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Hoaxes, Urban Legends, Chain Email Letters and Fake Virus Warnings
Trying not to be too critical of the masses, I can not help but become frustrated with the seemingly never-ending supply of hopelessly gullible people wandering about the planet in search of a con man to fleece them...
Enough is enough sometimes.... and when I get positively absurd email mails warning me of a new deadly virus that is spread through tv advertisements to your computer if the pc is within 20 ft of a TV, or Bill Gates wanting to give away trips to Disney World if you are one of the first 100 people to send the email to 40 people...These are HOAXES – they are NOT TRUE! The Outback Steak House is not going to give you money, Kelsey Brooke Jones is not missing, and there is no such thing as e-mail tracking! If you receive an e-mail urging you to forward a message that contains a reference to any of these items, please DO NOT, as you will only be helping to perpetrate and perpetuate the hoax. You can read about the five telltale signs to learn how to identify a hoax message.
It's worth noting that just because these are listed as hoaxes doesn't mean that a determined virus writer couldn't use the same name as one of these hoaxes on their infected file and send it out as an e-mail attachment (see Wobbler hoax below). The best way to reduce the risk of getting a real computer virus is to practice SAFE COMPUTING. Click HERE to see a list of recent computer viruses.
Of course this hoax contains the #1 sign of Internet bogusity, "PLEASE PASS THIS ON TO EVERYONE YOU CARE ABOUT!" The experts say that they have never, ever seen an email that contained this admonition that was within spitting distance of being true that and not already amply covered in other news sources.
There are also many urban myths and legends- all those weird stories and unbelievable things you hear... well, most of them aren't true, but some of them are true - find out which are which at Urban 1 and Urban 2
So click on the blue buttons at the top of the page to verify that you have been had (again)!
The next time that you receive an alarming e-mail calling you to action, look for any of these five telltale characteristics before even thinking about sending it along to anybody else.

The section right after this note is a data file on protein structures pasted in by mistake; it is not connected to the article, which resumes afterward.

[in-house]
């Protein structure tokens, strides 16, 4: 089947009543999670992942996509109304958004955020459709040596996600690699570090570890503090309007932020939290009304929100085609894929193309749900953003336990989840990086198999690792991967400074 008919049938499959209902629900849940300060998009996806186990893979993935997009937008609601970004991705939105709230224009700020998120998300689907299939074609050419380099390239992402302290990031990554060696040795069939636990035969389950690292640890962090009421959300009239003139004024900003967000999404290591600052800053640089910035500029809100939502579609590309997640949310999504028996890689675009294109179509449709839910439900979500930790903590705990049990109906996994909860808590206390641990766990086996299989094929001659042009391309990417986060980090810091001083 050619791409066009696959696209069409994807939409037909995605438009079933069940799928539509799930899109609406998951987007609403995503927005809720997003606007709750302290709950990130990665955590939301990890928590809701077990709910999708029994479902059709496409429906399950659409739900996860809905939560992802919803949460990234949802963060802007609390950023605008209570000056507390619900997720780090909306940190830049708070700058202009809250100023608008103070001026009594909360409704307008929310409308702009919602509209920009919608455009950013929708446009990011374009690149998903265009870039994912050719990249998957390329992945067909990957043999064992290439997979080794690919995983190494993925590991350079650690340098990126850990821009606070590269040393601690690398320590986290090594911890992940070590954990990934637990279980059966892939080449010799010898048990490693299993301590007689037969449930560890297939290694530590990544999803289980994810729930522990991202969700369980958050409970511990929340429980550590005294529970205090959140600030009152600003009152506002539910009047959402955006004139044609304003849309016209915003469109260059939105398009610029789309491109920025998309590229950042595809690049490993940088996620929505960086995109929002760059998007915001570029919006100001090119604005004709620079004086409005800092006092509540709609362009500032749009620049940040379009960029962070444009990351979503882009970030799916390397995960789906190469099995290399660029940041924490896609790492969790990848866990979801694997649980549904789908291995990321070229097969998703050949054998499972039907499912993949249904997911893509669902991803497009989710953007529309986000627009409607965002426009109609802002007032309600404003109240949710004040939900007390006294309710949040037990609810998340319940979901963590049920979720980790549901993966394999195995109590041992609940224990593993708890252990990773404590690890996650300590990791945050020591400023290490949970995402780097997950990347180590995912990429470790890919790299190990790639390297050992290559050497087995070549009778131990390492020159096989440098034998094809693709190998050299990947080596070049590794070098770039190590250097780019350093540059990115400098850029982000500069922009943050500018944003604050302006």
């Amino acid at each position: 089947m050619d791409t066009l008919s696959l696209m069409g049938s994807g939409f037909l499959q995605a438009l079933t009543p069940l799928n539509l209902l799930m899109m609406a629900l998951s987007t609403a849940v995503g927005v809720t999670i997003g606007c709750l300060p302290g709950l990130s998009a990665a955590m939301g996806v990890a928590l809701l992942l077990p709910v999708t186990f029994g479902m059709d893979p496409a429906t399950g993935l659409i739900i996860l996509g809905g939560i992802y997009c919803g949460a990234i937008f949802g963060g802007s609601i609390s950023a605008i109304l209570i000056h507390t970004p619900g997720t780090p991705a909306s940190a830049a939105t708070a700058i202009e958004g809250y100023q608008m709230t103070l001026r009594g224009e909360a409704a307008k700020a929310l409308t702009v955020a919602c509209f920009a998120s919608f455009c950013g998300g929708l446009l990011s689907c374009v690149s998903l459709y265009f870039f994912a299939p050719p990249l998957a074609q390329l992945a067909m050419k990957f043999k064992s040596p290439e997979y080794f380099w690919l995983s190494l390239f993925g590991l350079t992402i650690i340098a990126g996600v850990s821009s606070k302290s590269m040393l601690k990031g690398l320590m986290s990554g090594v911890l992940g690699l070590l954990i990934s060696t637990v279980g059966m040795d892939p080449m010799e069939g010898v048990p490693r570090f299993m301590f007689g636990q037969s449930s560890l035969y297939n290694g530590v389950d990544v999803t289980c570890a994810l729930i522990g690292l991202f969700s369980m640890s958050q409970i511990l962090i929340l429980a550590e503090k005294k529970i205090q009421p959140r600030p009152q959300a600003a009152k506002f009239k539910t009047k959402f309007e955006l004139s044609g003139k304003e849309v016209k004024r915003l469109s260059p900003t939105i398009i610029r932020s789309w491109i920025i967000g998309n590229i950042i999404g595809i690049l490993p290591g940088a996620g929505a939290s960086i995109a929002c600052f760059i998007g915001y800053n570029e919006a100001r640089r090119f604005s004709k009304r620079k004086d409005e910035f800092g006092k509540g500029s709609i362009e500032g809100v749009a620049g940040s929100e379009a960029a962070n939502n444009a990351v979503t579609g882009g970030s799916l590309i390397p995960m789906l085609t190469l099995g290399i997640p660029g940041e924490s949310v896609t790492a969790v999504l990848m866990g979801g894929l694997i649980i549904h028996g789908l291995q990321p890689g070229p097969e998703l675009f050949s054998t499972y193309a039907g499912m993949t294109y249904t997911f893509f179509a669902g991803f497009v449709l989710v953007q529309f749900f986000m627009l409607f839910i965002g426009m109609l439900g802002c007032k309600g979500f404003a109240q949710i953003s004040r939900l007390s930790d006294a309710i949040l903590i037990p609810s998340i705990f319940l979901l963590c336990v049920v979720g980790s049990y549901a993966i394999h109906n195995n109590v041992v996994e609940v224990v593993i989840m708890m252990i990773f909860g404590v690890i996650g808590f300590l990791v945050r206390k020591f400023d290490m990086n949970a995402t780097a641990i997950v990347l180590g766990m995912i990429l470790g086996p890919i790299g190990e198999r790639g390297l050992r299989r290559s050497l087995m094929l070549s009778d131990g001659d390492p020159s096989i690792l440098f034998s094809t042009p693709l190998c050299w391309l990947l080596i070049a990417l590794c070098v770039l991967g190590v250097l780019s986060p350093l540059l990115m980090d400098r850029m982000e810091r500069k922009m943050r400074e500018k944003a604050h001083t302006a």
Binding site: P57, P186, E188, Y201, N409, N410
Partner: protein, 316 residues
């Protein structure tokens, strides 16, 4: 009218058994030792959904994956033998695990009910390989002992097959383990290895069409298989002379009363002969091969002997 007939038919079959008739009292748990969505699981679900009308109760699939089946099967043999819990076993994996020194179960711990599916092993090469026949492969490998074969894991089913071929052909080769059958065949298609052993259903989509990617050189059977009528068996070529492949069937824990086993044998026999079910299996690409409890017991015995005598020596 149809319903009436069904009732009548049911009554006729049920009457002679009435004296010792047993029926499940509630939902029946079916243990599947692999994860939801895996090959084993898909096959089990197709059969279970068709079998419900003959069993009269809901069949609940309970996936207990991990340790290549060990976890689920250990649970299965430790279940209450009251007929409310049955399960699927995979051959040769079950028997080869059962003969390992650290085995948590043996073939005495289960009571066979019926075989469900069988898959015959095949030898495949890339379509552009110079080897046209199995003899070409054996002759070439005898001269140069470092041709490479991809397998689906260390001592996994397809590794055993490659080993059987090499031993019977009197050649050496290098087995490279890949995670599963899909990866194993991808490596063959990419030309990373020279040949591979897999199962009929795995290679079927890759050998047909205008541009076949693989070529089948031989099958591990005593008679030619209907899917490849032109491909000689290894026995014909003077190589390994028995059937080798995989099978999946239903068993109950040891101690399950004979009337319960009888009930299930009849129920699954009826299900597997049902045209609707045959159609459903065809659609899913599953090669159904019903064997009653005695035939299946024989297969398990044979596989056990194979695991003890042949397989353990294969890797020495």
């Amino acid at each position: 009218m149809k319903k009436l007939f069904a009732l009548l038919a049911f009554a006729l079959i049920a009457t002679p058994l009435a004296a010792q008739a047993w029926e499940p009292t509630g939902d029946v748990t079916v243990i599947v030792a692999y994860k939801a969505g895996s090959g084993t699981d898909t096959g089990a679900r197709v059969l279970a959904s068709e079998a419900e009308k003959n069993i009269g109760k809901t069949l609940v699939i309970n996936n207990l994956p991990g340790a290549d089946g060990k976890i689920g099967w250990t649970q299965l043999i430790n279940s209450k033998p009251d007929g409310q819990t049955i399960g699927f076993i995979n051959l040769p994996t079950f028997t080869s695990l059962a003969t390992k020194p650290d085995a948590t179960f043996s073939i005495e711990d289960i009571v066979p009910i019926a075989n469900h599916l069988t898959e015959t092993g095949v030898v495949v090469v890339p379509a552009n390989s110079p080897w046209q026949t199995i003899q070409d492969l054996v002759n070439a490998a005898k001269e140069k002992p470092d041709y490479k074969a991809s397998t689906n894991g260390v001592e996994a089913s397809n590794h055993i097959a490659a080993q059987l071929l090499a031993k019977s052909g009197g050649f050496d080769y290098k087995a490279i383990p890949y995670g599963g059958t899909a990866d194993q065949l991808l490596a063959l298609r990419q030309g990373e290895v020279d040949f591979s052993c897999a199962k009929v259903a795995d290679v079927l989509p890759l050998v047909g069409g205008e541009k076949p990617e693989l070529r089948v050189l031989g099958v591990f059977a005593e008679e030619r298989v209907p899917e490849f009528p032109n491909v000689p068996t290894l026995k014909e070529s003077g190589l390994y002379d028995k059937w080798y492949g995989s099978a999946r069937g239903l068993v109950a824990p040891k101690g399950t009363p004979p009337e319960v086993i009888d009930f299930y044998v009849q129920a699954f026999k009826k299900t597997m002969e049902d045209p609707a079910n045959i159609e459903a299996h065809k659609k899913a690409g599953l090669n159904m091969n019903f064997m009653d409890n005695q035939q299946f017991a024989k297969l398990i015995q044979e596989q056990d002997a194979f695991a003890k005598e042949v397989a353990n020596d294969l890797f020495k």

The e-mail will have a great sense of urgency! You'll usually see a lot of exclamation points and capitalization. The subject line will typically be something like:
2. TELL ALL YOUR FRIENDS
There will always be a request that you share this "important" warning by forwarding the message to everybody in your e-mail address book or to as many people as you possibly can. This is a surefire sign that the message is a hoax.
3. THIS ISN'T A HOAX
The body of the e-mail will contain some form of corroboration, such as a pseudoquote from an executive of a major corporation or from a government agency official.
Sometimes the message will include a sincere-sounding
premise. For example:
My neighbor, who works for Microsoft, just received this warning so I know it's true. He asked me to pass this along to as many people as I can.
It's all a bunch of baloney. Don't believe it for a second.
Watch for e-mails containing a subtle form of self-corroboration. Statements such as "This is serious!" or "This is not a hoax!" can be deceiving. Just because somebody says it's not a hoax doesn't make it so.
4. DIRE CONSEQUENCES
The e-mail text will predict dire consequence if you don't act immediately. The message may inform you that the virus will destroy your hard drive, kill your houseplants, or cause green fuzzy things to grow in your refrigerator.
Look for a lot of >>>> marks in the left margin. These marks indicate that people suckered by the hoax have forwarded the message countless times before it has reached you.
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Copyright J Slemmer 2000, 2001, 2002, 2003, 2004, 2005, 2006, 2007, 2008, 2009
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